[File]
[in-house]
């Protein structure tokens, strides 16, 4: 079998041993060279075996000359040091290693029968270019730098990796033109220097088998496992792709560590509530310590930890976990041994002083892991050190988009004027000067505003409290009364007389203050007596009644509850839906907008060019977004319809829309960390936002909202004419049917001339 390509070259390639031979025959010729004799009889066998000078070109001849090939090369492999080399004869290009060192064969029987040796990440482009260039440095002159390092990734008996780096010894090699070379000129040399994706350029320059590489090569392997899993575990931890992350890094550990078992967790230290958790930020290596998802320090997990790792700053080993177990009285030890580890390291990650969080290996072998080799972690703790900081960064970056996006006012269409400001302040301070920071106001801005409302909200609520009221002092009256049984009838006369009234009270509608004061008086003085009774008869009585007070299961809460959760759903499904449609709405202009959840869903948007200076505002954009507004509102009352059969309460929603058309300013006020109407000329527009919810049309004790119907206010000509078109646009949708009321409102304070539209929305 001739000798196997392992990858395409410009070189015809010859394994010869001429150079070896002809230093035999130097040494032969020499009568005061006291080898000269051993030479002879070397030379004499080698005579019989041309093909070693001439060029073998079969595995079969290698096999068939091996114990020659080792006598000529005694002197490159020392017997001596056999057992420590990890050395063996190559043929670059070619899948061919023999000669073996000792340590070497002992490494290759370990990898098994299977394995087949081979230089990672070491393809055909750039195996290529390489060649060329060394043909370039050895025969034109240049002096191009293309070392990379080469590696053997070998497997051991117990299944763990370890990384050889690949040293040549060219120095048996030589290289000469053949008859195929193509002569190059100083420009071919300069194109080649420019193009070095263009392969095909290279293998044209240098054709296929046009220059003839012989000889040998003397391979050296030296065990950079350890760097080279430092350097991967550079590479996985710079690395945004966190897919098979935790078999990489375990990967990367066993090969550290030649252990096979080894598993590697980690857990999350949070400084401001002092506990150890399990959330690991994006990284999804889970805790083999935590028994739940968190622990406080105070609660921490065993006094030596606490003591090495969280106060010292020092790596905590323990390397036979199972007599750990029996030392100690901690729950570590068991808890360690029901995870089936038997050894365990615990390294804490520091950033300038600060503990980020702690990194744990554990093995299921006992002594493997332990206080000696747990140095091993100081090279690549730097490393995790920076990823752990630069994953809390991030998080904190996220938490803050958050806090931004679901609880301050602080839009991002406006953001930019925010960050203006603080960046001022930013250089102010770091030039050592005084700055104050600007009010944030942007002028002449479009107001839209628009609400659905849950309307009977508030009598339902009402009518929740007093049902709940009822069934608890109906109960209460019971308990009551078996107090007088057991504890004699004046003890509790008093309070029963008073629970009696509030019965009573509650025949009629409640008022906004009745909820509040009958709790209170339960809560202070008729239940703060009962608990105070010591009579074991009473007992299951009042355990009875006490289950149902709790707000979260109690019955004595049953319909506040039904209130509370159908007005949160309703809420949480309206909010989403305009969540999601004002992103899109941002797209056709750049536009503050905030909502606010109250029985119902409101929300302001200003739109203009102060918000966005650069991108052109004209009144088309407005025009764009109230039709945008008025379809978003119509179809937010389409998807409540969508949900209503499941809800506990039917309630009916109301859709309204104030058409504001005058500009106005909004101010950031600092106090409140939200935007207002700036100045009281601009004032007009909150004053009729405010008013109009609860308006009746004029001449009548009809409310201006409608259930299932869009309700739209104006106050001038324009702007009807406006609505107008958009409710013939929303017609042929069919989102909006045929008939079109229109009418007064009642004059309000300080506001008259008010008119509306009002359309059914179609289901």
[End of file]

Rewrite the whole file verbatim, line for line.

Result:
[in-house]
């Protein structure tokens, strides 16, 4: 079998041993060279075996000359040091290693029968270019730098990796033109220097088998496992792709560590509530310590930890976990041994002083892991050190988009004027000067505003409290009364007389203050007596009644509850839906907008060019977004319809829309960390936002909202004419049917001339 390509070259390639031979025959010729004799009889066998000078070109001849090939090369492999080399004869290009060192064969029987040796990440482009260039440095002159390092990734008996780096010894090699070379000129040399994706350029320059590489090569392997899993575990931890992350890094550990078992967790230290958790930020290596998802320090997990790792700053080993177990009285030890580890390291990650969080290996072998080799972690703790900081960064970056996006006012269409400001302040301070920071106001801005409302909200609520009221002092009256049984009838006369009234009270509608004061008086003085009774008869009585007070299961809460959760759903499904449609709405202009959840869903948007200076505002954009507004509102009352059969309460929603058309300013006020109407000329527009919810049309004790119907206010000509078109646009949708009321409102304070539209929305 001739000798196997392992990858395409410009070189015809010859394994010869001429150079070896002809230093035999130097040494032969020499009568005061006291080898000269051993030479002879070397030379004499080698005579019989041309093909070693001439060029073998079969595995079969290698096999068939091996114990020659080792006598000529005694002197490159020392017997001596056999057992420590990890050395063996190559043929670059070619899948061919023999000669073996000792340590070497002992490494290759370990990898098994299977394995087949081979230089990672070491393809055909750039195996290529390489060649060329060394043909370039050895025969034109240049002096191009293309070392990379080469590696053997070998497997051991117990299944763990370890990384050889690949040293040549060219120095048996030589290289000469053949008859195929193509002569190059100083420009071919300069194109080649420019193009070095263009392969095909290279293998044209240098054709296929046009220059003839012989000889040998003397391979050296030296065990950079350890760097080279430092350097991967550079590479996985710079690395945004966190897919098979935790078999990489375990990967990367066993090969550290030649252990096979080894598993590697980690857990999350949070400084401001002092506990150890399990959330690991994006990284999804889970805790083999935590028994739940968190622990406080105070609660921490065993006094030596606490003591090495969280106060010292020092790596905590323990390397036979199972007599750990029996030392100690901690729950570590068991808890360690029901995870089936038997050894365990615990390294804490520091950033300038600060503990980020702690990194744990554990093995299921006992002594493997332990206080000696747990140095091993100081090279690549730097490393995790920076990823752990630069994953809390991030998080904190996220938490803050958050806090931004679901609880301050602080839009991002406006953001930019925010960050203006603080960046001022930013250089102010770091030039050592005084700055104050600007009010944030942007002028002449479009107001839209628009609400659905849950309307009977508030009598339902009402009518929740007093049902709940009822069934608890109906109960209460019971308990009551078996107090007088057991504890004699004046003890509790008093309070029963008073629970009696509030019965009573509650025949009629409640008022906004009745909820509040009958709790209170339960809560202070008729239940703060009962608990105070010591009579074991009473007992299951009042355990009875006490289950149902709790707000979260109690019955004595049953319909506040039904209130509370159908007005949160309703809420949480309206909010989403305009969540999601004002992103899109941002797209056709750049536009503050905030909502606010109250029985119902409101929300302001200003739109203009102060918000966005650069991108052109004209009144088309407005025009764009109230039709945008008025379809978003119509179809937010389409998807409540969508949900209503499941809800506990039917309630009916109301859709309204104030058409504001005058500009106005909004101010950031600092106090409140939200935007207002700036100045009281601009004032007009909150004053009729405010008013109009609860308006009746004029001449009548009809409310201006409608259930299932869009309700739209104006106050001038324009702007009807406006609505107008958009409710013939929303017609042929069919989102909006045929008939079109229109009418007064009642004059309000300080506001008259008010008119509306009002359309059914179609289901």